Over the Palmetto Hedge

Some funny stuff there.

Some funny stuff there.

People who know me, know that it takes a lot to get me to laugh one of those rolling on the floor, tears flowing down my face, stomach-aching laughs. My 7-year-old son can make me laugh that way because he’ll say something off-handed and painfully honest not even intending to be funny, which is what makes it funny. My husband is pretty funny. He sees the humor in almost anything and his laughter is pretty infectious (I try not to let on that he makes me laugh though, what’s the fun in that?) He had me fooled when I first met him at that urban planning meeting. The M&M commercials also have me cracking up. I can relate to the Brown M&M who wants to be taken seriously but doesn’t want to be considered uptight. The Yellow M&M is so funny to me though, especially when he’s paired with the impatient Red M&M (Uh… Santa? ROFL!) Yes, put on an M&M commercial and you’ll get more than just little chortles from me.

Then there are the animated films. I have a couple of favorites. The Princess and the Frog, of course tops the list. Also tops are Finding Nemo (I just love that turtle scene) and Milan (I can relate to her as well as we both have the tendency to buck tradition). The animated movie that has me rolling on the floor with laughter is Over the Hedge. If you are an urban and regional planner, it is definitely a must see. I don’t want to give away the movie, so I’ll stick to the basics. There’s a turtle, a squirrel, two opossum, two porcupine parents and three adorable porcupine children, and a attitudinal skunk. They awake from hibernation to find the forest gone and a huge subdivision in its place. If you think they had nightmares when they saw it, I was having horrible dreams myself. It was like one of those subdivisions I used to have to approve (but really hated to) while working down in Henry County, Georgia: Zero lot lines, eight units to the acre, two entry ways to accomodate the traffic for the 300 lots, a mess of culs-de-sac, and my favorite (sarcasm) not a tree in sight. Anyway, these adorable woodland creatures are shown the ropes of navigating the suburban encroachment by a wayward raccoon. Now this movie may sound like, “whatever,” but the writing is genius as it displays the excessive human behavior through the eyes of these animals. To them, we look ridiculous. We use up too much land. We eat too much food. We drive cars that are way too big. This movie tells the truth but it’s hilarious.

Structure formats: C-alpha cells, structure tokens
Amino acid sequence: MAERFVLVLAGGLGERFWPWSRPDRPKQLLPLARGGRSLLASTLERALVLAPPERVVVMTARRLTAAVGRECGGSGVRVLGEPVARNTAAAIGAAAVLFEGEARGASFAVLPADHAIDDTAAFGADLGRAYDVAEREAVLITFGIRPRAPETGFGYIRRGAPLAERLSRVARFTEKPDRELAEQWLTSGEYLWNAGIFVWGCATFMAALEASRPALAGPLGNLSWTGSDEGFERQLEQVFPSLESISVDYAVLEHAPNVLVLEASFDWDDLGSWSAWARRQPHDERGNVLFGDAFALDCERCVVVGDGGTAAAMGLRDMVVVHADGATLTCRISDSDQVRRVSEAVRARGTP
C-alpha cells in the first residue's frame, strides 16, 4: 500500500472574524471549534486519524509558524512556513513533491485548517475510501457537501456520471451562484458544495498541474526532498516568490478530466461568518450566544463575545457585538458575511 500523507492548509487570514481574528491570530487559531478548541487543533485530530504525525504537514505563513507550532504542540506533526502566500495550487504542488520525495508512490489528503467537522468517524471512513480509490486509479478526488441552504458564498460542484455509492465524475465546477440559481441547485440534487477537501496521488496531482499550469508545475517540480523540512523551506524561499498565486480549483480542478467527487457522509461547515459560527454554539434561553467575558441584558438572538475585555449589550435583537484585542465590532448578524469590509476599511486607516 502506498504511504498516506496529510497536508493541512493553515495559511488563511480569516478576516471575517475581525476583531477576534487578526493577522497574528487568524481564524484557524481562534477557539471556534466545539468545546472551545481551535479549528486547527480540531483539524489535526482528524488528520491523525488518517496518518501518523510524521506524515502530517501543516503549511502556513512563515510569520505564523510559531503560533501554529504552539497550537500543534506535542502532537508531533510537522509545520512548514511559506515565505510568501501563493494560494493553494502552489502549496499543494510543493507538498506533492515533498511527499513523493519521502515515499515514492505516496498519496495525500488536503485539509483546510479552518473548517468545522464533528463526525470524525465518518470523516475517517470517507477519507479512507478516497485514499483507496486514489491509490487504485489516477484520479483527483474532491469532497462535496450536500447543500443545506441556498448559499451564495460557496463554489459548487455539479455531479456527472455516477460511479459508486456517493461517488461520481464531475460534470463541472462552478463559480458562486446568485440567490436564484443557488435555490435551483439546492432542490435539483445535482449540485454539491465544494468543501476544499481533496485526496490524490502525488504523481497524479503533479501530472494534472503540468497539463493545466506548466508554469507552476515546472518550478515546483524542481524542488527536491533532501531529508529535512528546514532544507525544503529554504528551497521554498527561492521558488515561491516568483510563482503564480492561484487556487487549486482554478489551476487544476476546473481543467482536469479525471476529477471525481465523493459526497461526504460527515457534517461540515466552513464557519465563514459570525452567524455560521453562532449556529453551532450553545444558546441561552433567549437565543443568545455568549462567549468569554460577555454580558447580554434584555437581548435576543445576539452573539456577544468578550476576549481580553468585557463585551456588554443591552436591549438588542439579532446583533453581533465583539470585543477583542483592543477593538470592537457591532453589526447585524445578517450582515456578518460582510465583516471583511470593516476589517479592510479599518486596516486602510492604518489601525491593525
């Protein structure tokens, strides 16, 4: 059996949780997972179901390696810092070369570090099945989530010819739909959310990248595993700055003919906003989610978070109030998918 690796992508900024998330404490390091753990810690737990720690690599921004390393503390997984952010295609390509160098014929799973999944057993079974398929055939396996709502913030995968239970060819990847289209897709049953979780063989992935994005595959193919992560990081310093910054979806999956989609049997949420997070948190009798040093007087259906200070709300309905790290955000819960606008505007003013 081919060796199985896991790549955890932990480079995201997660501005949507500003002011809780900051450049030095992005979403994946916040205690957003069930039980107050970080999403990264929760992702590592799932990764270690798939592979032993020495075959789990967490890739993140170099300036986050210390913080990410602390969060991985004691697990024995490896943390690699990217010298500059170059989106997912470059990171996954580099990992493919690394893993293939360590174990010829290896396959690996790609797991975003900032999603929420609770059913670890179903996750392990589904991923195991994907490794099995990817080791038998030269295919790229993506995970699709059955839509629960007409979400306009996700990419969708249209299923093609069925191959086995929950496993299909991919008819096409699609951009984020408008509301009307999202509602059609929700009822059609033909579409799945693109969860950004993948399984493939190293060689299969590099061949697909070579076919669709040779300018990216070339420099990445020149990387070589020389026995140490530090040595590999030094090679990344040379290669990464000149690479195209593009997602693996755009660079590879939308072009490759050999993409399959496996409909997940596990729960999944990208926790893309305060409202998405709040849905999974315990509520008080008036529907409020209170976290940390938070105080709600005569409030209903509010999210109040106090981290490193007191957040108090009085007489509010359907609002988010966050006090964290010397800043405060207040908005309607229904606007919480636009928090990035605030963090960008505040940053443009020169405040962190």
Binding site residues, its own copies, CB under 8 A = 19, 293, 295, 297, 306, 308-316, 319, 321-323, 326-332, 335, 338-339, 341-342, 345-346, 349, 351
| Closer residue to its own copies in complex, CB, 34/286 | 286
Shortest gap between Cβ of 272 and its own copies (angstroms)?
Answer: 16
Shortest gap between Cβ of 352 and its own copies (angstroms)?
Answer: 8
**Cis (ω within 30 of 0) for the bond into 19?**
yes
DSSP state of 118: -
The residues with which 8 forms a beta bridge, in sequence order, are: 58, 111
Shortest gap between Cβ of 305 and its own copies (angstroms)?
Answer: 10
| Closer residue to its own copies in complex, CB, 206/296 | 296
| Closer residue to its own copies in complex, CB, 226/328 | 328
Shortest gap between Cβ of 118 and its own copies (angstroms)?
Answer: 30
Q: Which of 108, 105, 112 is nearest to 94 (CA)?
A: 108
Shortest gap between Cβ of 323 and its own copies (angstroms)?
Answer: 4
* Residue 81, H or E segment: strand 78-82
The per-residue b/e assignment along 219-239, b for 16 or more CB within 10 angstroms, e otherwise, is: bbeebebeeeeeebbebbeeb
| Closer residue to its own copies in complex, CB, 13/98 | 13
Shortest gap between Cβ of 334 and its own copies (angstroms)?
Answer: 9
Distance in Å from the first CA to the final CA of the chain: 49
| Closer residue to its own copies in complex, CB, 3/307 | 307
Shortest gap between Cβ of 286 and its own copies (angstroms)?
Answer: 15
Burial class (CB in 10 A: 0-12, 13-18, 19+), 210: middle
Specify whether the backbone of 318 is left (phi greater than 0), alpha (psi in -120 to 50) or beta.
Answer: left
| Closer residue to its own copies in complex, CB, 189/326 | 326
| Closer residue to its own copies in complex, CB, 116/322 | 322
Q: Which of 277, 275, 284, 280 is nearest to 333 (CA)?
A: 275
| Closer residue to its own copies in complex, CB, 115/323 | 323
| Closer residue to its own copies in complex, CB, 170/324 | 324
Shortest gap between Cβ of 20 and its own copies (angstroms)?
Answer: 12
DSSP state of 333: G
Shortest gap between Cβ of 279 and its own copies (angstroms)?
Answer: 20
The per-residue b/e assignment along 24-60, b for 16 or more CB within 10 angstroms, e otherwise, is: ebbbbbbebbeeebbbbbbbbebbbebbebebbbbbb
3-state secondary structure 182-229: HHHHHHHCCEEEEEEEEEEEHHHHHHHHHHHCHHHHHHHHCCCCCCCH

There used to be a lot of animals on Hilton Head. My father told me about some of them. He told me about the cattle that used to graze in what is now a prominent subdivision. Some animals, I saw for myself. When I was my son’s age and we would visit the island, there would be several properties with that lone horse grazing in yard, including in grandparents’. Granddaddy, used to ride his horse down the street at Christmas time and the horse would perform tricks. After I moved to the island, I took the bus home from school and we would pass a couple of pigpens… A parent at one bus stop had a farm with grazing cows . We used to have this crazy bus driver who used to try to run them over if they were crossing the road when she approached (Maybe they were worth 500 points if she hit one). I remember one day in particular when the poor farmer had to push that last cow and himself, through the open gate to avoid being a part of her grille. There were the chickens when our house was first built. Before we could garage doors, there were these chickens perched on top of moving boxes, dropping feathers and …uh other stuff. There were wild animals behind our house like wild turkey, Harvey the Hare (Daddy named him), and the occasional deer. I guess the point is, and maybe this is a rhetorical question, but where did all of the animals go? Did they wake up one morning like they did on Over the Hedge to find the forest gone? Is their home now in a small grove of the remaining underbrush? Well one thing I can say for Hilton Head planners is that they don’t allow developers to clear-cut the land. They remove just enough of the trees to build the home or business. There are still plenty of old oaks, but is that enough of a home for the animals? Seeing as they cross through the backyard sometimes, I would say no. And of course the island way of life has changed so that the horses no longer graze lazily in the field. They are now at the equestrian center. I can’t remember the last time I saw a cow or pig on the island. I did see a wild turkey, only he was running down a suburban street in my home of Knoxville. I wonder if it saw past Thanksgiving because that turkey was huge.

What happened to the animals on Hilton Head is actually not funny, but a movie of them exacting revenge on humans is. So if you want to get me to laugh, pop some popcorn, get me a root beer and Peanut M&Ms, and cue up Over the Hedge for some crazy animal hijinks. You’ll be picking me up from the floor.